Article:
The main technical difficulty in the paper is working with indivisibilities. For instance, if we split the 99 seats of the Irish citizens’ assembly proportionally by gender, women should get around 50.66 seats. To ensure that every person is still selected with equal probabilities, we need to randomly “round” the seat assignments, giving women sometimes 50 and sometimes 51 seats. This process is somewhat delicate — rounding introduces new variance, which might lead to some unfortunate group becoming much less accurately represented than without stratification. If one uses the rounding procedure suggested in our paper, this is not the case.

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The Uses and Abuses of Sortition

Given that sortition is finally beginning to be taken seriously by politicians, academics and the mainstream media, some of us on this forum have expressed concerns about potential abuse. André has drawn our attention to the risk of politicians and public intellectuals using sortition to provide a patina of legitimacy to undemocratic practices — examples include Emanuel Macron’s ‘Great Debate’ — and there has been the usual concerns about the rich ‘n powerful using sortition to paper over the cracks of the electoralist oligarchy.

My own concerns are over the willingness of sortition advocates to assume that small stratified samples, in which participation is entirely voluntary, can represent the beliefs and preferences of all citizens. Leaving aside the size issue (most statisticians insist on a minimum of several hundred or even 1,000 for a representative sample) my principal concern is that the voluntary principle will significantly over-represent activists, “progressives” and those who want to change things, as oppose to the ‘silent majority’. The decision of the 2004 British Columbia Constitutional Assembly to change the voting system was overturned in the subsequent referendum, but this might well have been anticipated as only 4% of the original random sample opted for selection, thereby generating an unrepresentative sample (Warren and Pearse, 2008). My assumption here is that the decision not to participate might well be a sign of a conservative (small ‘c’) disposition.

Extinction Rebellion (XR) is a UK climate-change group which has gained a lot of publicity recently on account of its civil disobedience campaign, which brought much of  central London to a standstill in April. Their goal is zero carbon emissions by 2025, which would mean the banning of air transport and the removal of 38 million cars (both petrol and diesel) from the roads. In addition, 26 million gas boilers would need to be disconnected in six years.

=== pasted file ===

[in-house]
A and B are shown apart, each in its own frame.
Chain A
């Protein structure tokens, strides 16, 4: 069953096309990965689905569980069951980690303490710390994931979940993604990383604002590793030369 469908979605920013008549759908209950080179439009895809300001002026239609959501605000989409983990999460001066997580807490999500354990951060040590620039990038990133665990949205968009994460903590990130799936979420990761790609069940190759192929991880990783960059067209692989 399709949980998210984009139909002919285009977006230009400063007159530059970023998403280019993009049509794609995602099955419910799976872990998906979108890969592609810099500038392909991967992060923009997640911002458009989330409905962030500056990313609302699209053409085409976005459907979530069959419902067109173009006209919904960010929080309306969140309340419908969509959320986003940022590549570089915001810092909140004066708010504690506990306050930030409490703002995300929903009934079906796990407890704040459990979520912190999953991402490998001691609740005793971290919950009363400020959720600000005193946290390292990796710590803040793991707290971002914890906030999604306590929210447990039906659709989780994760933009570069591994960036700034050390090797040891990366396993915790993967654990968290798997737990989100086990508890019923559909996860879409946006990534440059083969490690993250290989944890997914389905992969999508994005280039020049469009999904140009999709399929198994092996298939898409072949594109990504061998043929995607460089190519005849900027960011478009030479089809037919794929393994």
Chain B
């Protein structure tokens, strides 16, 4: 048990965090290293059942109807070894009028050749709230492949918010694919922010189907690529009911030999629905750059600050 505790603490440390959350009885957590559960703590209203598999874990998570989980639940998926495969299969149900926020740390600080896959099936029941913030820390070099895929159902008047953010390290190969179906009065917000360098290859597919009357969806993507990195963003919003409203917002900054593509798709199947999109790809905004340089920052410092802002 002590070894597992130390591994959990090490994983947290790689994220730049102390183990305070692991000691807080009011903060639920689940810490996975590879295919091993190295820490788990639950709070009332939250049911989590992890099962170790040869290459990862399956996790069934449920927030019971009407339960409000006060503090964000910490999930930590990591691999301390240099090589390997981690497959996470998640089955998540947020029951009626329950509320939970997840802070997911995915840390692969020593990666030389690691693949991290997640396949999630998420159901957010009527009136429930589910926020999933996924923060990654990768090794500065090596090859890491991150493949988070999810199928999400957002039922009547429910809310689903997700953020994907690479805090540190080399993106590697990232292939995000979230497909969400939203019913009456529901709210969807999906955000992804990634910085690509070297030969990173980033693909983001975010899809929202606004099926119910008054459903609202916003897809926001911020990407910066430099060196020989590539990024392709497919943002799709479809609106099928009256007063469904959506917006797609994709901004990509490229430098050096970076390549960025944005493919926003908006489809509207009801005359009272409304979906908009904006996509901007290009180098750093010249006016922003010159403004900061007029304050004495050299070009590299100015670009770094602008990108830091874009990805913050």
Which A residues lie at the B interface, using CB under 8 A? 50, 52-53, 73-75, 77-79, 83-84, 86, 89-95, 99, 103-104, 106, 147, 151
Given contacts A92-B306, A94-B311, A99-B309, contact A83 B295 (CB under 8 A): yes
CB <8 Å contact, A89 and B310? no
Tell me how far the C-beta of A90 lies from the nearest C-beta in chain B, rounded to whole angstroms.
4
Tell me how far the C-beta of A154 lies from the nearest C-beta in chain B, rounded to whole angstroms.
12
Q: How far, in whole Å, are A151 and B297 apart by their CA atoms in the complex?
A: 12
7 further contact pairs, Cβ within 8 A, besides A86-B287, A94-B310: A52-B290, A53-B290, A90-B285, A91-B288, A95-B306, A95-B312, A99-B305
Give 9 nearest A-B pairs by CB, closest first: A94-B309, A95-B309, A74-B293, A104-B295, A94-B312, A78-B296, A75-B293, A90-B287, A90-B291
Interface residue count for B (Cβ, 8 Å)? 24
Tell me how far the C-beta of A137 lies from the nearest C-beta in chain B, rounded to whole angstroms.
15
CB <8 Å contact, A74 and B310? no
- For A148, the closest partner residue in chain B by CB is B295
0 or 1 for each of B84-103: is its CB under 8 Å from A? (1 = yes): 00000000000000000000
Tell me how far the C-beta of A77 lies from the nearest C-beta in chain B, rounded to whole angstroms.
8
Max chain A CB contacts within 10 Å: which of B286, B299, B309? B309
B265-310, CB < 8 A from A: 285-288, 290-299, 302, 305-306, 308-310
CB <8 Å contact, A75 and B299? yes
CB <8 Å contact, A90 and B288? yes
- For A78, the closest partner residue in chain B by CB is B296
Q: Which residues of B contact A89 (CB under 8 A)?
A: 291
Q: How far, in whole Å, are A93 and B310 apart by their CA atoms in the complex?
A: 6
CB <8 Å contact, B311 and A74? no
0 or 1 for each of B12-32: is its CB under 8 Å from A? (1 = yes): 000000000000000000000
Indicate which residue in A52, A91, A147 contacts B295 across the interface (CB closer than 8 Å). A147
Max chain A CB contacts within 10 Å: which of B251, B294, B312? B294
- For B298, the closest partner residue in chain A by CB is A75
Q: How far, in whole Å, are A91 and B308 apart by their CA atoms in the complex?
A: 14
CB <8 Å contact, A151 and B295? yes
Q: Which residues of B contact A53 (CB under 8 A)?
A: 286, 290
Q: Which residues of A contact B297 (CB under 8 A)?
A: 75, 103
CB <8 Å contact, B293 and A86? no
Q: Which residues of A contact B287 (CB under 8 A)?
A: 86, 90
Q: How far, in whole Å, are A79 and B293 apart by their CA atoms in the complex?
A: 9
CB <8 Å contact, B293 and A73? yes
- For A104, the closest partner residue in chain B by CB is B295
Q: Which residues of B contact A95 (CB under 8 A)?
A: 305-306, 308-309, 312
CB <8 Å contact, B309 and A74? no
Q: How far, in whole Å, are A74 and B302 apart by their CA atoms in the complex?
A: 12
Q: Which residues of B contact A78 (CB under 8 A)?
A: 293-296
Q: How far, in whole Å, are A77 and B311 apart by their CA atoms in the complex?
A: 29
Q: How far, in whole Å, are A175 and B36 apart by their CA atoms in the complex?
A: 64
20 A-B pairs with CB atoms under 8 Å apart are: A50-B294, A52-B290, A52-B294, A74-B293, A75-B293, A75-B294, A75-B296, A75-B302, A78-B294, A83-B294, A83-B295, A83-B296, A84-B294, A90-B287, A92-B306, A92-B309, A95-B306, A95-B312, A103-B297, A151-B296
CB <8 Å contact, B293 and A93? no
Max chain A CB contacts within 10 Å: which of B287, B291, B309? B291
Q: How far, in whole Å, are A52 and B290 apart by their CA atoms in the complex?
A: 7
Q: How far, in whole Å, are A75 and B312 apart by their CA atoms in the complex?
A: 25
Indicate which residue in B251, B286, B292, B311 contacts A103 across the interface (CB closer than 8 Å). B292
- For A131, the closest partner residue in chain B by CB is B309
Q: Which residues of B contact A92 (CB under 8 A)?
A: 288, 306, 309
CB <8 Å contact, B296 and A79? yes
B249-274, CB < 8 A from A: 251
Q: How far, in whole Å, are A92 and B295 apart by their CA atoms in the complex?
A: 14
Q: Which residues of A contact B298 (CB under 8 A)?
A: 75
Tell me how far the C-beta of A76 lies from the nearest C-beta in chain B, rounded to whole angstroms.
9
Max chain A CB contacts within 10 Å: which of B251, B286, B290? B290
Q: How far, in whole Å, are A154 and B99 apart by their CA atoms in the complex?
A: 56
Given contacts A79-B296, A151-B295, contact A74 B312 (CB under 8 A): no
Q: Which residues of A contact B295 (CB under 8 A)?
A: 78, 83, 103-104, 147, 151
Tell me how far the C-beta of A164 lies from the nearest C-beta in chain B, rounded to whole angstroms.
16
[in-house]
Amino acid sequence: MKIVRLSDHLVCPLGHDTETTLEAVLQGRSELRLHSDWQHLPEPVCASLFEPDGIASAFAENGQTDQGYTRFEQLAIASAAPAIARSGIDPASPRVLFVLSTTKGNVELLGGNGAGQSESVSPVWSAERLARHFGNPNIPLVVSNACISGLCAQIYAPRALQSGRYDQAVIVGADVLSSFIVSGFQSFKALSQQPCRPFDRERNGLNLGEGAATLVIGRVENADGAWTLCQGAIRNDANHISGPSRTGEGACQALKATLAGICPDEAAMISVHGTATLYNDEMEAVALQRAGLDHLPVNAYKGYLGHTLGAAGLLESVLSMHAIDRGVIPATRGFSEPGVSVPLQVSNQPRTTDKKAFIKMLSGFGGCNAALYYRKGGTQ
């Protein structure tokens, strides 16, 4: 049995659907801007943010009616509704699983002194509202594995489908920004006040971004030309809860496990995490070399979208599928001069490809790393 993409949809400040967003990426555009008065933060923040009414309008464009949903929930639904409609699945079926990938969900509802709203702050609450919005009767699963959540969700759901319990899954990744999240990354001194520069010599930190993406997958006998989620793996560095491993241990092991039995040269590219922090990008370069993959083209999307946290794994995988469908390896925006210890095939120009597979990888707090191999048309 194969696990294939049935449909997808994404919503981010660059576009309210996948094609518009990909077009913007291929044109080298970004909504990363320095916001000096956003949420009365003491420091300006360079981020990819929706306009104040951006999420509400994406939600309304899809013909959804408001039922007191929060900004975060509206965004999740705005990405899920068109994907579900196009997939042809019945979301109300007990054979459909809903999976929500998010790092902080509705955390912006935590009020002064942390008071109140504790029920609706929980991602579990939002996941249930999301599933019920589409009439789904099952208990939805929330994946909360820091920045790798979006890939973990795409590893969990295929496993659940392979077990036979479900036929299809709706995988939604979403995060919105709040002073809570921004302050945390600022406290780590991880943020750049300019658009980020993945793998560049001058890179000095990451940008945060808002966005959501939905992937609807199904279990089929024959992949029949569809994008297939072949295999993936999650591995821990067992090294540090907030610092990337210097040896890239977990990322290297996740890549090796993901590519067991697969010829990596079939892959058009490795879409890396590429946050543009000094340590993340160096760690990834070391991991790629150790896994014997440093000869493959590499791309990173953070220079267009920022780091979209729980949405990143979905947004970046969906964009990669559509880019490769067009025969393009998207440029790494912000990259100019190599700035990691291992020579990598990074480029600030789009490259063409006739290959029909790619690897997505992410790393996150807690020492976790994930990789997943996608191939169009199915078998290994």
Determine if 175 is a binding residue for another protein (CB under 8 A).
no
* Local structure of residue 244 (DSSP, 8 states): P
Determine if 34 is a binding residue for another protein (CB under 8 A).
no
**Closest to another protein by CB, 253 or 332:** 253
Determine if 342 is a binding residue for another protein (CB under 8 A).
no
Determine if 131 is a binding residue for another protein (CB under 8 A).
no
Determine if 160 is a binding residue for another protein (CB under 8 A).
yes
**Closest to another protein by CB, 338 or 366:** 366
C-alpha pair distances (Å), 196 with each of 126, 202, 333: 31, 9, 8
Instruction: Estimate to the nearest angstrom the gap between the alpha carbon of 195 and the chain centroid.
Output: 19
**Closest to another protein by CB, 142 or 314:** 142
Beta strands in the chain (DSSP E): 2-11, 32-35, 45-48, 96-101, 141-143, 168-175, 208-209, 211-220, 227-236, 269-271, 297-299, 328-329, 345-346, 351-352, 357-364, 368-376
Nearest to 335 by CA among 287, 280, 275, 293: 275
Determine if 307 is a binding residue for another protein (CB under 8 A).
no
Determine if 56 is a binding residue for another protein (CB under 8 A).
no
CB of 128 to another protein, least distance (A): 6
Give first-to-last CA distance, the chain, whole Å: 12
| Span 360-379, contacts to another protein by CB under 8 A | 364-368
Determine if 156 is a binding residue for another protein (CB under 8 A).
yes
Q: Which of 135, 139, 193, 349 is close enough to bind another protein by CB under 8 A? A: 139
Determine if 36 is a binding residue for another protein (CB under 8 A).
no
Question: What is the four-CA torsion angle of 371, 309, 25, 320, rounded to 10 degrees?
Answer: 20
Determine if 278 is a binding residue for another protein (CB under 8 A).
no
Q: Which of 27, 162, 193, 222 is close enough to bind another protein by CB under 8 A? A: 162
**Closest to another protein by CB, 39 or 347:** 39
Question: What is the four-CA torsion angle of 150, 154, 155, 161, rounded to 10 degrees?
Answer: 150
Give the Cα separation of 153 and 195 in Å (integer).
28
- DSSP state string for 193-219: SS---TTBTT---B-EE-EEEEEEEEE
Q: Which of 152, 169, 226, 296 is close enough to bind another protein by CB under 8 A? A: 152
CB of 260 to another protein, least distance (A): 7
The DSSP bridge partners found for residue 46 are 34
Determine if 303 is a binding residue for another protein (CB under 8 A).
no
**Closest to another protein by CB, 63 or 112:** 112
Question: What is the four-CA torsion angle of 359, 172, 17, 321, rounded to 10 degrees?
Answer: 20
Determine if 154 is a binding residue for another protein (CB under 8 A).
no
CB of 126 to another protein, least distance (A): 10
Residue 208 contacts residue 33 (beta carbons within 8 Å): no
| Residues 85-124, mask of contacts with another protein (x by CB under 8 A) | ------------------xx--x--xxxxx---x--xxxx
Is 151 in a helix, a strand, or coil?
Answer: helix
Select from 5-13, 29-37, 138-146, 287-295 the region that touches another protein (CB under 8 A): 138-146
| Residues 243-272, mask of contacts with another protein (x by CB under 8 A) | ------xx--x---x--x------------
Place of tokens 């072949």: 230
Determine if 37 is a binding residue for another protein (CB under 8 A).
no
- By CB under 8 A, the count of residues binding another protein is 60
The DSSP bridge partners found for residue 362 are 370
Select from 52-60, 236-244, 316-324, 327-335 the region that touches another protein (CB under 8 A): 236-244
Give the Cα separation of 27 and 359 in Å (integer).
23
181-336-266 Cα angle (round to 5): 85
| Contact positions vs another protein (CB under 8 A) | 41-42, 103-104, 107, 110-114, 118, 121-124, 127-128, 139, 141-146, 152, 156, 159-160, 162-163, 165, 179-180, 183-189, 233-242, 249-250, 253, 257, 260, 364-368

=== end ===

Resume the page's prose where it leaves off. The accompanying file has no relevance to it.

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Schulson and Bagg: Sortition needs to become part of mainstream U.S. political discourse

Michael Schulson is a journalist who has written before about sortition. Schulson and Samuel Bagg, a democratic theorist at McGill University, have a new article about sortition in Dissent magazine. Here are some excerpts.

Give Political Power to Ordinary People

To fight elite capture of the state, it’s time to consider sortition, or the assignment of political power through lotteries.

Our broken campaign finance system is a longstanding target of progressive ire. And as Republican state legislatures have made increasingly aggressive moves to entrench minority rule, many people are beginning to see a broader defense of democratic integrity as a crucial part of any left agenda. Yet most of the attention of reformers has been limited to the electoral process—perhaps because we tend to assume that getting “our people” into office will solve the problem.

It won’t. Elite capture of the state extends far beyond the influence of large donors on elections.
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Sortition in the New Yorker

Another step in the thousand mile march: Sortition is positively featured in the second paragraph of Masha Gessen’s article in the New Yorker. The oligarchical nature of elections is rather matter-of-factedly asserted:

The concept of democracy rests on the premise that any citizen is a potential member of government. The ancient Athenian choice of sortition—the selection of government by lottery—was based on the understanding that elections would inevitably favor the aristocracy, and in a democracy the government should be a mirror of the governed. The American system has proved the Athenians right. Access to our electoral system is determined by the candidates’ ability to attract financial contributions. The contest itself is rigged in favor of the white, the highly educated, and the privileged—those who reproduce the class, race, and style of their predecessors.